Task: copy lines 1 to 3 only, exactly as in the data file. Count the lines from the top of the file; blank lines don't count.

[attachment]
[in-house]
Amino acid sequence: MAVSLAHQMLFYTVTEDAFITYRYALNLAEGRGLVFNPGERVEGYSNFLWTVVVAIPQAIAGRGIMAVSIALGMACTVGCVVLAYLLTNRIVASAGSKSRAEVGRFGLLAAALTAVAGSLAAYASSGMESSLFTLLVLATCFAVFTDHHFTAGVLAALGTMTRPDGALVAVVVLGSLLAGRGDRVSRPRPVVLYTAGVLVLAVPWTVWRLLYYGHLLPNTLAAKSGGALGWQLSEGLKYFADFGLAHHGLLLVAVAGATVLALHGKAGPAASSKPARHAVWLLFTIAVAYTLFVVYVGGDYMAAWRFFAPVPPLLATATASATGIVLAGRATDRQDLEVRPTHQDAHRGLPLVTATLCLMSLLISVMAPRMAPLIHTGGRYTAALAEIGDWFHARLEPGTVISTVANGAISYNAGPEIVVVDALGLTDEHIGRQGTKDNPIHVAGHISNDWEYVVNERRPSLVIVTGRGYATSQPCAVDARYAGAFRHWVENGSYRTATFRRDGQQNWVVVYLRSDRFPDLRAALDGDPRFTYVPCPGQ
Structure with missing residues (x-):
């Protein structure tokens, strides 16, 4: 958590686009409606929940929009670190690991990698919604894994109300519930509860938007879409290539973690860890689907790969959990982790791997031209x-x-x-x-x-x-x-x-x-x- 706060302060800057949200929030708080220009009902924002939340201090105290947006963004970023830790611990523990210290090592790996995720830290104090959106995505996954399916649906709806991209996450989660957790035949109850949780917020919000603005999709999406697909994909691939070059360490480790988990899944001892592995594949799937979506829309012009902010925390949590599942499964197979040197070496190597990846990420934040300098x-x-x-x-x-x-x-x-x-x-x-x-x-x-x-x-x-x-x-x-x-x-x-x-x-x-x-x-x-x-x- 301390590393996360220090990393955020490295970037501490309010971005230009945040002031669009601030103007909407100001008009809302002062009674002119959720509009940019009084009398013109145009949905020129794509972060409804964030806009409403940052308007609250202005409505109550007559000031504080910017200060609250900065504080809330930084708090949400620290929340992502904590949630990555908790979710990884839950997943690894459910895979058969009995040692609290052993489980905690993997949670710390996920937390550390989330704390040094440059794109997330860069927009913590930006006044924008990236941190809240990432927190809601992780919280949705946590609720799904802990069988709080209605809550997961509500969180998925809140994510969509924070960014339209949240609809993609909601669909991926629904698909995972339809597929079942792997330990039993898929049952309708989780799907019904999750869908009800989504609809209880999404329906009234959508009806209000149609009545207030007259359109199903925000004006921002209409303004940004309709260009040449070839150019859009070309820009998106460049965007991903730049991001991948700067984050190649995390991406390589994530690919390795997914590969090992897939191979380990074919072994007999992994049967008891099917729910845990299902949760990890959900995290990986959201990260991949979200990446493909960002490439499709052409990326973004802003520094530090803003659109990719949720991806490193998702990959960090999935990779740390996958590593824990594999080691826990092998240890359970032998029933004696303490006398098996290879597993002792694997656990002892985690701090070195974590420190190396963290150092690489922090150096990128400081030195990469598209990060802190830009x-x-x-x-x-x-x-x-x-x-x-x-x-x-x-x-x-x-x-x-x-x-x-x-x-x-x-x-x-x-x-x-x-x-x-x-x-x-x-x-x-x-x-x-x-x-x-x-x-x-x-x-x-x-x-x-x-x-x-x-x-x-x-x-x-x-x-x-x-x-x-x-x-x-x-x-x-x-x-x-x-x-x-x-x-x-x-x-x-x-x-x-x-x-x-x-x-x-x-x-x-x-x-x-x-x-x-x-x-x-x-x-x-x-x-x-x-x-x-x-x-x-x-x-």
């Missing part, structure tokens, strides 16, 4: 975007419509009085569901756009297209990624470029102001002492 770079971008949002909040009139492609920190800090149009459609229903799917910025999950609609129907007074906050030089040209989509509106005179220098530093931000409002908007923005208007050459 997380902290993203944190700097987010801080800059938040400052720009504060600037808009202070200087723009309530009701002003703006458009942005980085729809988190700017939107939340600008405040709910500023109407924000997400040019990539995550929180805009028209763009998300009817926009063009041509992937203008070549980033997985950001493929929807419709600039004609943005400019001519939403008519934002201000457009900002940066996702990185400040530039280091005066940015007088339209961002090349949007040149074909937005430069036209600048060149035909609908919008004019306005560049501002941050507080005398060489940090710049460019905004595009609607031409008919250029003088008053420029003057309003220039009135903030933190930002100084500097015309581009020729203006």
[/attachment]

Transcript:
[in-house]
Amino acid sequence: MAVSLAHQMLFYTVTEDAFITYRYALNLAEGRGLVFNPGERVEGYSNFLWTVVVAIPQAIAGRGIMAVSIALGMACTVGCVVLAYLLTNRIVASAGSKSRAEVGRFGLLAAALTAVAGSLAAYASSGMESSLFTLLVLATCFAVFTDHHFTAGVLAALGTMTRPDGALVAVVVLGSLLAGRGDRVSRPRPVVLYTAGVLVLAVPWTVWRLLYYGHLLPNTLAAKSGGALGWQLSEGLKYFADFGLAHHGLLLVAVAGATVLALHGKAGPAASSKPARHAVWLLFTIAVAYTLFVVYVGGDYMAAWRFFAPVPPLLATATASATGIVLAGRATDRQDLEVRPTHQDAHRGLPLVTATLCLMSLLISVMAPRMAPLIHTGGRYTAALAEIGDWFHARLEPGTVISTVANGAISYNAGPEIVVVDALGLTDEHIGRQGTKDNPIHVAGHISNDWEYVVNERRPSLVIVTGRGYATSQPCAVDARYAGAFRHWVENGSYRTATFRRDGQQNWVVVYLRSDRFPDLRAALDGDPRFTYVPCPGQ
Structure with missing residues (x-):